Once this is done, you are forwarded to workflow editor, which for anything other than Flutter projects is very basic, and first you need to create codemagic.yaml file in root directory of your project. I will describe the creation of codemagic.yaml file from the minimal working workflow, to more advanced one.

Minimal Working Workflow

In your codemagic.yaml, define the workflow for your project

1 2 3 workflows: android-workflow: name: Android Workflow

The parameters here are pretty straight-forward, so not much to explain. Next thing to do is to set up the commands that will run in your pipeline.

1 2 3 4 5 6 7 8 9 10 11 12 workflows: android-workflow: name: Android Workflow scripts: - name: Set Android SDK location script: | echo "sdk.dir=$ANDROID_SDK_ROOT" > "$CM_BUILD_DIR/" - name: Build Android debug script: | ./gradlew assembleDebug artifacts: - app/build/outputs/**/*.apk

The scripts section defines the commands that will run in the pipeline one by one. Each of scripts have the name that will be displayed in codemagic dashboard when running the workflow, so be sure to make it something descriptive. The script is just the command to be run.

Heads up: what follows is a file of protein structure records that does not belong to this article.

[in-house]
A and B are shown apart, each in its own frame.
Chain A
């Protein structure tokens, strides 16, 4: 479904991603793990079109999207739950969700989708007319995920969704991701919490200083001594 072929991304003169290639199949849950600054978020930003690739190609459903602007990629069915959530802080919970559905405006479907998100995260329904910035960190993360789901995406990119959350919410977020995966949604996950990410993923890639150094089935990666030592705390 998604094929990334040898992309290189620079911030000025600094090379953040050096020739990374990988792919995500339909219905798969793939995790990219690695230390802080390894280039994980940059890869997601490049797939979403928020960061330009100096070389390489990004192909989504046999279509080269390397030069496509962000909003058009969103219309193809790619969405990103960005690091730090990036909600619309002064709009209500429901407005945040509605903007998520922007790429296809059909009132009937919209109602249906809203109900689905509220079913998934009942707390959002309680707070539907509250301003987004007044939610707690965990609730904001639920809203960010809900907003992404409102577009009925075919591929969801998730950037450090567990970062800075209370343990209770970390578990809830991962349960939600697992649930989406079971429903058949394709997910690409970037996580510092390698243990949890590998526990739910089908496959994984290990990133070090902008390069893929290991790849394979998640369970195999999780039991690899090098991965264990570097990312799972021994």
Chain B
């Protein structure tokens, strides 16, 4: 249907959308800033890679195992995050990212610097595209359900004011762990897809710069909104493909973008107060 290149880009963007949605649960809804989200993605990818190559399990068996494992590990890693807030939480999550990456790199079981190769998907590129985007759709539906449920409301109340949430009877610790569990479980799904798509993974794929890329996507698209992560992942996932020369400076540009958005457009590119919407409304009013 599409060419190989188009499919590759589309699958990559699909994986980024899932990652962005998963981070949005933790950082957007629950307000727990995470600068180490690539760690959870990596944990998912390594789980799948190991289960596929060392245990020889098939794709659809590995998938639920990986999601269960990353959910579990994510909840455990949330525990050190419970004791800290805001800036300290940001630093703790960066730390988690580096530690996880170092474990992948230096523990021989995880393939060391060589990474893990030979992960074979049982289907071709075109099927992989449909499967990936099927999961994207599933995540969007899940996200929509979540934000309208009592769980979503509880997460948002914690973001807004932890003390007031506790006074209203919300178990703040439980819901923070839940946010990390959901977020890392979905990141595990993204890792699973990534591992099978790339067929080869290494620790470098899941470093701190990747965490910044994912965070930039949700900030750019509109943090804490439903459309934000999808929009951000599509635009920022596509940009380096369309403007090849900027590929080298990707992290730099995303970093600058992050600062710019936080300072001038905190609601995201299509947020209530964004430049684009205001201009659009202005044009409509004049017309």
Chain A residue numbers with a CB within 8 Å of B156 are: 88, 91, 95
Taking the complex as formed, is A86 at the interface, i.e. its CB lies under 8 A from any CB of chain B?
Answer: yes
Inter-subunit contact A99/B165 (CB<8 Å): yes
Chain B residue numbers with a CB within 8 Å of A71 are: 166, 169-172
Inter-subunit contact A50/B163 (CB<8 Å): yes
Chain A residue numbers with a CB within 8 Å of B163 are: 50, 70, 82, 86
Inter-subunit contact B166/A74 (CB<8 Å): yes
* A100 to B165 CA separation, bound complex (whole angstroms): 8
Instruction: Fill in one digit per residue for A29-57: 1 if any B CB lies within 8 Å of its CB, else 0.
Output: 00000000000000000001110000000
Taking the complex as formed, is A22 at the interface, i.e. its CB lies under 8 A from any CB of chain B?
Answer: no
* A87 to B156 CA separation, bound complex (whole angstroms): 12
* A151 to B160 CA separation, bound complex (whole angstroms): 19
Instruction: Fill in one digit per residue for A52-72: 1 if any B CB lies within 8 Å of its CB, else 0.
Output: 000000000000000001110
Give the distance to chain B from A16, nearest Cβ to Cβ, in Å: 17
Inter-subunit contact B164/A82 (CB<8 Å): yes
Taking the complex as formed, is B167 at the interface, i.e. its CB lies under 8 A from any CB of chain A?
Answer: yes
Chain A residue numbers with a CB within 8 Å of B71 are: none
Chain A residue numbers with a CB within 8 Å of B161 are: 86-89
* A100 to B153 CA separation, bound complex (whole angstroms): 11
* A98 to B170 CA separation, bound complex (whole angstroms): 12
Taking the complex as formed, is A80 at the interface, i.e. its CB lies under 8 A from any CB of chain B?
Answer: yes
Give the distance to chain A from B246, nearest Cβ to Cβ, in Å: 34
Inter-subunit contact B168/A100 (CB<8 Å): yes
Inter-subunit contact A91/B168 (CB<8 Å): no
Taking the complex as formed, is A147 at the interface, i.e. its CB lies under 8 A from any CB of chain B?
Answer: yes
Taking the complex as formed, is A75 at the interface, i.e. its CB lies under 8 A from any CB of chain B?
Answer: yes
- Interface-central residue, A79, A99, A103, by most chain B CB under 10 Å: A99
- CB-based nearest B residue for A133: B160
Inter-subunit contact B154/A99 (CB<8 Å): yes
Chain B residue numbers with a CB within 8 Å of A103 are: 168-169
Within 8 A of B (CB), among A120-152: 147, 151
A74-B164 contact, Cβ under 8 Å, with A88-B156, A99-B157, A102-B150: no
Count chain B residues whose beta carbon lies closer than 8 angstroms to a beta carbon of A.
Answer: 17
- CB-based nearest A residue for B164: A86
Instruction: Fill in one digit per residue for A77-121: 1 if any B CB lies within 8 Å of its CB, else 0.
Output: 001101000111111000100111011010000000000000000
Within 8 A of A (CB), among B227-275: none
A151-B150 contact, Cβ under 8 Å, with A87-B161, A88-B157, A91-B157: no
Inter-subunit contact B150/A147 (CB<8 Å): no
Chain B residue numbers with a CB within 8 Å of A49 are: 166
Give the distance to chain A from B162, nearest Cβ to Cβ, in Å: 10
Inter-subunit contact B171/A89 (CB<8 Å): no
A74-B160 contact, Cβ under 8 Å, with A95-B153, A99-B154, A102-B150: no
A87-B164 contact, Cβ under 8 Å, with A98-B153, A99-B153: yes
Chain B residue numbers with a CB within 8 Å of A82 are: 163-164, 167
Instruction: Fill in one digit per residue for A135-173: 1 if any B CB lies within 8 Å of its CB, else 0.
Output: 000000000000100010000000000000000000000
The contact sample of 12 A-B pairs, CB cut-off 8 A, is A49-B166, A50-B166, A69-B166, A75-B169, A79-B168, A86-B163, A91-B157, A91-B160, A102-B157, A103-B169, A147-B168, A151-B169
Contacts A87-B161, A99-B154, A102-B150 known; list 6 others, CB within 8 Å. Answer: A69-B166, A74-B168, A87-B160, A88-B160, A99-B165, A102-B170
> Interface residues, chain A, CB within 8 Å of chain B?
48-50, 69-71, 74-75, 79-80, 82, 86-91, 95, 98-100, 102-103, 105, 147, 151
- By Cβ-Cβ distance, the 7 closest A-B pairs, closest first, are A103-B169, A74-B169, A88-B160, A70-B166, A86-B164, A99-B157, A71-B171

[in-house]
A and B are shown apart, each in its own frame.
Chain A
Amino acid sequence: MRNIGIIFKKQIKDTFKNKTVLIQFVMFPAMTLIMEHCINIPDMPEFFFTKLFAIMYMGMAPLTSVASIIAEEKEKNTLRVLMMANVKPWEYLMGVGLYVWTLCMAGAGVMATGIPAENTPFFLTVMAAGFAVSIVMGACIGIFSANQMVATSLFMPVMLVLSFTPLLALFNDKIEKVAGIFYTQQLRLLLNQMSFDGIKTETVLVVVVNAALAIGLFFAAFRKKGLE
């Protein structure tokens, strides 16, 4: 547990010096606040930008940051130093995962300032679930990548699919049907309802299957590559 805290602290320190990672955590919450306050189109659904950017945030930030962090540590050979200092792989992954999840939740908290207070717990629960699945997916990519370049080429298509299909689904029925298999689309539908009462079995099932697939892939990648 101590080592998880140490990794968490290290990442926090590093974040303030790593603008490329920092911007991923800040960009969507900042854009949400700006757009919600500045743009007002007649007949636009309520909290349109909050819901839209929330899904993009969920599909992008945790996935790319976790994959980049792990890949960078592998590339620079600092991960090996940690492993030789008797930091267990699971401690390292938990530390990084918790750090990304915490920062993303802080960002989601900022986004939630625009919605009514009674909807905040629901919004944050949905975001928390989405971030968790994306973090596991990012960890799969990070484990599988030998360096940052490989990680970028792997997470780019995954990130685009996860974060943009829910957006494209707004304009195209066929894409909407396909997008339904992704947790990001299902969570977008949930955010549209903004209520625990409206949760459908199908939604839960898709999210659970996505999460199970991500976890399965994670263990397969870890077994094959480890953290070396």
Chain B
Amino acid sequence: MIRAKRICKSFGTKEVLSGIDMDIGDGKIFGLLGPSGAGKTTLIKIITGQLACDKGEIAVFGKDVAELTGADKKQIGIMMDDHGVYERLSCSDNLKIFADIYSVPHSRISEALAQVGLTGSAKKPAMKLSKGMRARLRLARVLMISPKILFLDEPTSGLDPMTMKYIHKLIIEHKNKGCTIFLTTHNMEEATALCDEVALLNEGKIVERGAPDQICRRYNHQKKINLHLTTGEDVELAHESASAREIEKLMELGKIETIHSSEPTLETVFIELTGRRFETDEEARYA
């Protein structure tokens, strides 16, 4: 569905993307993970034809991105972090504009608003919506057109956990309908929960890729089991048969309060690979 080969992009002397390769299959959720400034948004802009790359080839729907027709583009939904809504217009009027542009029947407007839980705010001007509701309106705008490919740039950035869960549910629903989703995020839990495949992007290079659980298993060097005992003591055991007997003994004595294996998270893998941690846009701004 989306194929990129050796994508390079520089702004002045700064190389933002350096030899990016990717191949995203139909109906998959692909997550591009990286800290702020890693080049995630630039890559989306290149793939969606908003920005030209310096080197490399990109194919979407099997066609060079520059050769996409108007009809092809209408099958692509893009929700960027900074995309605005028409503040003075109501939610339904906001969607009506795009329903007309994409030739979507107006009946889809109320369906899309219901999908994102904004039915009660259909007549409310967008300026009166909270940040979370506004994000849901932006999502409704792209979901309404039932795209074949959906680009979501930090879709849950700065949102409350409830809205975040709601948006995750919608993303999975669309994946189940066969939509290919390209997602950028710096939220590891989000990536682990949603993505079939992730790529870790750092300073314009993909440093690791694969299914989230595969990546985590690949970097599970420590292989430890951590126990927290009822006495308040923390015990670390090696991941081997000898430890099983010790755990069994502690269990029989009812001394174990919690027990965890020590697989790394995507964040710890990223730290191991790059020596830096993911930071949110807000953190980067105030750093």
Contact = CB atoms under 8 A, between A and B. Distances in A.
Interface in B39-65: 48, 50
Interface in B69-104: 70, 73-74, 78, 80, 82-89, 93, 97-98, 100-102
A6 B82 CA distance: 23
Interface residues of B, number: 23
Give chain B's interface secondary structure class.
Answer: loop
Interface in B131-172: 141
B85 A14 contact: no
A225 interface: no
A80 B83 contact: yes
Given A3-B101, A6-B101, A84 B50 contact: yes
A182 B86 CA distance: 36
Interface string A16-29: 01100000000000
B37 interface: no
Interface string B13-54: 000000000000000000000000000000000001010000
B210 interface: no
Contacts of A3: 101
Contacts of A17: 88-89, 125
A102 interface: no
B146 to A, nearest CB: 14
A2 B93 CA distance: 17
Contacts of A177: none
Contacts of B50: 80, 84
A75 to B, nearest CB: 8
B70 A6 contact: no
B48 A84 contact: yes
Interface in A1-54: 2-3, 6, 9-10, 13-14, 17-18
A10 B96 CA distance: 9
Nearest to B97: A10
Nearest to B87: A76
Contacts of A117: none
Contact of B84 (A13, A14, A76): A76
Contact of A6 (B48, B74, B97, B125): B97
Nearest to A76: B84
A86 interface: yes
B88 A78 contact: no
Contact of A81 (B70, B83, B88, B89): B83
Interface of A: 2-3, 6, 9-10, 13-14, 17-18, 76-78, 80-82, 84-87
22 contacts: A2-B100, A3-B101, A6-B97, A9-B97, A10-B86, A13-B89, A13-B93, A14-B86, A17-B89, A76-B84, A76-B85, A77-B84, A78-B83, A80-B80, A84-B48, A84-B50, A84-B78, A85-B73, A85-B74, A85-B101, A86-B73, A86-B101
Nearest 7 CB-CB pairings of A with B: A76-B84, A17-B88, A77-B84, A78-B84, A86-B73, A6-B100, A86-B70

The first script is responsible for setting up android SDK on the machine of our workflow, here we are using the SDK provided by Codemagic. (Notice, that all environment variables with prefix CM_ are provided by default by codemagic).
The second step builds the debug apk file for us.
Just below the scripts section, there is artifacts section, here you specify the patterns for artifacts. Codemagic will look for files maching the pattern to make them available for you to download or use in following steps. You can download the artifact by entering the Build details on codemagic dashboard.

And that is the most basic workflow for android builds. Now lets move to more advanced flow.

Advanced Automated Android Build Workflow

In the advanced workflow we will add running unit tests, add release build code signing capabilities, and deployment to google play store.

To add code signing capabilities for release build, first we need to setup the android project for it.

Setup code signing in gradle

In top menu of Android Studio, select “Build -> Generate Signed Apk”, in the wizard select “App Bundle”, and then you will be presented with keystore setup form. Create new keystore, as path select any place on your computer, just keep in mind to not add it to your repository. Generate some strong password, and use it for both keystore password and key password - different passwords for these, are not supported yet in android. Save somewhere safe your password and key alias.
In your root project directory create file with following values: